The cost to taxpayers would be more than $2 billion per year, with a total price tag of as much as $30 billion over 10 years. This leasing plan is significantly more expensive to the taxpayer than an outright purchase. CBO and OMB said they would score this lease agreement not as a lease but as a purchase, costing $22 billion. According to a December 2001 Office of Management and Budget (OMB) estimate, the lease plan would cost $26 billion, nearly three times the cost of simply purchasing the planes. The lease plan represents more than 20 percent of the Air Force's annual cost of its top 60 priorities. But critics note that this program is not actually among the Air Force's top 60 priorities, nor do new tankers appear in the 6-year defense procurement plan for the Service.

The Defense Department Inspector General investigated whether former deputy assistant secretary of the Air Force Darleen Druyun gave Boeing pricing data on the rival Airbus bid. Druyun left public service in January 2003 to become a Boeing executive.

Reacting to criticism from leaders of the Senate Armed Services Committee, on 22 September 2003 the Defense Department presented a revised proposal to lease 74 planes and buy the other 26. Deputy Defense Secretary Paul Wolfowitz said buying the 26 tankers early, between 2008 and 2010 before their six-year leases expire, would add $2.4 billion in initial budget costs while lowering total program costs by $1.2 billion to $22.4 billion. Wolfowitz said buying 75 planes upon delivery would cost an extra $4.6 billion up front but would save $3.5 billion in the long run. He also said leasing 25 tankers and buying 75 more under a separate multiyear procurement contract would add $10.5 billion up front, with savings of $2.7 billion longer term.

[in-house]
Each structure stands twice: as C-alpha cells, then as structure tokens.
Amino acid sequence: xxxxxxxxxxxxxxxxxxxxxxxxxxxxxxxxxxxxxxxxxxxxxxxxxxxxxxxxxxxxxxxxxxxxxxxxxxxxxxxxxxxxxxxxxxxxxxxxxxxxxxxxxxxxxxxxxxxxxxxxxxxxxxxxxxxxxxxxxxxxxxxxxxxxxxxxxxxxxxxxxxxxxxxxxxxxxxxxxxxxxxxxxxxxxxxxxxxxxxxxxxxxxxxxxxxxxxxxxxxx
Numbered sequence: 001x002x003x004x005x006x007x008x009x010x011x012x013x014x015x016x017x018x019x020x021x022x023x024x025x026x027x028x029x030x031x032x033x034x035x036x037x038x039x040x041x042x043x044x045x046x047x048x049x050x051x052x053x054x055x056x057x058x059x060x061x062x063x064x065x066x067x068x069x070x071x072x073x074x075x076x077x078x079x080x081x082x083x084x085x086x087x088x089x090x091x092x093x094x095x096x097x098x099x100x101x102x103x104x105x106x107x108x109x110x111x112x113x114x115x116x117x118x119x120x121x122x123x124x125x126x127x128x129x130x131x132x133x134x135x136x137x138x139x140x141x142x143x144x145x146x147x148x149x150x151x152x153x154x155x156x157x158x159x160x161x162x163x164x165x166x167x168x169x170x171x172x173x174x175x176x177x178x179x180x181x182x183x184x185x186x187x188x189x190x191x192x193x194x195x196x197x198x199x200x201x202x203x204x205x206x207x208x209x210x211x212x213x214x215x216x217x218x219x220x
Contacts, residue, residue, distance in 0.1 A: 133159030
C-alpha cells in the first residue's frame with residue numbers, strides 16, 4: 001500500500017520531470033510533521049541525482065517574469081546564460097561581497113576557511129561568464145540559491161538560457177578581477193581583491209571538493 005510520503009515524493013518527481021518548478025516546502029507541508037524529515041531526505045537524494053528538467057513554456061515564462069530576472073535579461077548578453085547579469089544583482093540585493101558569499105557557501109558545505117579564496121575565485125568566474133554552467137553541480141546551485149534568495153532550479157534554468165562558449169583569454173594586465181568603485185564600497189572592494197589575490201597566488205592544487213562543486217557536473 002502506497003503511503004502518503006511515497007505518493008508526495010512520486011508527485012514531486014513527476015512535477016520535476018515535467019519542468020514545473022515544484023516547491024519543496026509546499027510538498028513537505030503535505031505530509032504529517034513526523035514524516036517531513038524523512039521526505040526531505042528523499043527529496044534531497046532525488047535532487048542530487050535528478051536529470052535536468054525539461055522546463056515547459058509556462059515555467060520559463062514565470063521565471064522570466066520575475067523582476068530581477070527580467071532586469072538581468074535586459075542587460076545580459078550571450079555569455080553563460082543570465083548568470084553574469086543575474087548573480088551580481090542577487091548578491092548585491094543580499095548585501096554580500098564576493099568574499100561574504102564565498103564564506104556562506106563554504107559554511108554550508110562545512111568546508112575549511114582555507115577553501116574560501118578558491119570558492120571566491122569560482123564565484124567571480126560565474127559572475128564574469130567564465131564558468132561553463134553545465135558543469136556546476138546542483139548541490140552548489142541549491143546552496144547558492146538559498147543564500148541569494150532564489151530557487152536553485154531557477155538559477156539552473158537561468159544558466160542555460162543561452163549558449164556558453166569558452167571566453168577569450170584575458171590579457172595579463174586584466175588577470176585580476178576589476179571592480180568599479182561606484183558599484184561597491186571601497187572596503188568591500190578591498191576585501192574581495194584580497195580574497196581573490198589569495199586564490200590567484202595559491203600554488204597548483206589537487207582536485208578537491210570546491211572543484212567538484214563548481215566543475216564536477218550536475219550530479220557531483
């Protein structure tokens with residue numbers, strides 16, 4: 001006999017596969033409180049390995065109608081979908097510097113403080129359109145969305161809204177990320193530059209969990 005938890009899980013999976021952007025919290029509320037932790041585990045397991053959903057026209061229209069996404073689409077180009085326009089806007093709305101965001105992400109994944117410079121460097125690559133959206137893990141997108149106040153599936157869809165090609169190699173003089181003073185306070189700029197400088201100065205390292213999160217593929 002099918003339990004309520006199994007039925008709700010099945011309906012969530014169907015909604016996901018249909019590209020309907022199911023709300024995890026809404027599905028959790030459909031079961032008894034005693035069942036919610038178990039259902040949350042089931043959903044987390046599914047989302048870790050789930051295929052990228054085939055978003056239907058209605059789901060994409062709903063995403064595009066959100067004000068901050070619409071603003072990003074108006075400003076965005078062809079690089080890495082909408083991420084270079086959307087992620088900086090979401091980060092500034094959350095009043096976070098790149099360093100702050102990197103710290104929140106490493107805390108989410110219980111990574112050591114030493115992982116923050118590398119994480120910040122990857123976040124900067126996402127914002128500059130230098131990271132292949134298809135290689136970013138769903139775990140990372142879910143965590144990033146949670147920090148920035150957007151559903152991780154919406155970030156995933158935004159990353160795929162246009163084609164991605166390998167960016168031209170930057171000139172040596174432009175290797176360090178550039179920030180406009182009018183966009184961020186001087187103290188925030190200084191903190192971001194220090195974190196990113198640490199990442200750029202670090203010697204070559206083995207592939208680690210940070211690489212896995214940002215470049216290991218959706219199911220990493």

The fiscal 2004 National Defense Authorization Act, passed by Congress 07 November 2003, forged a compromise on aerial refueling. The Air Force proposed leasing 100 Boeing 767 aircraft as tankers. The compromise called for the service to lease the first 20 aircraft and buy the rest outright. Officials estimate this will save the American taxpayers $4 billion over the life of the aircraft. The compromise allows the Air Force to begin replacing the aging fleet of KC-135 and KC-10 aircraft. The first KC-767s would be delivered in fiscal 2006.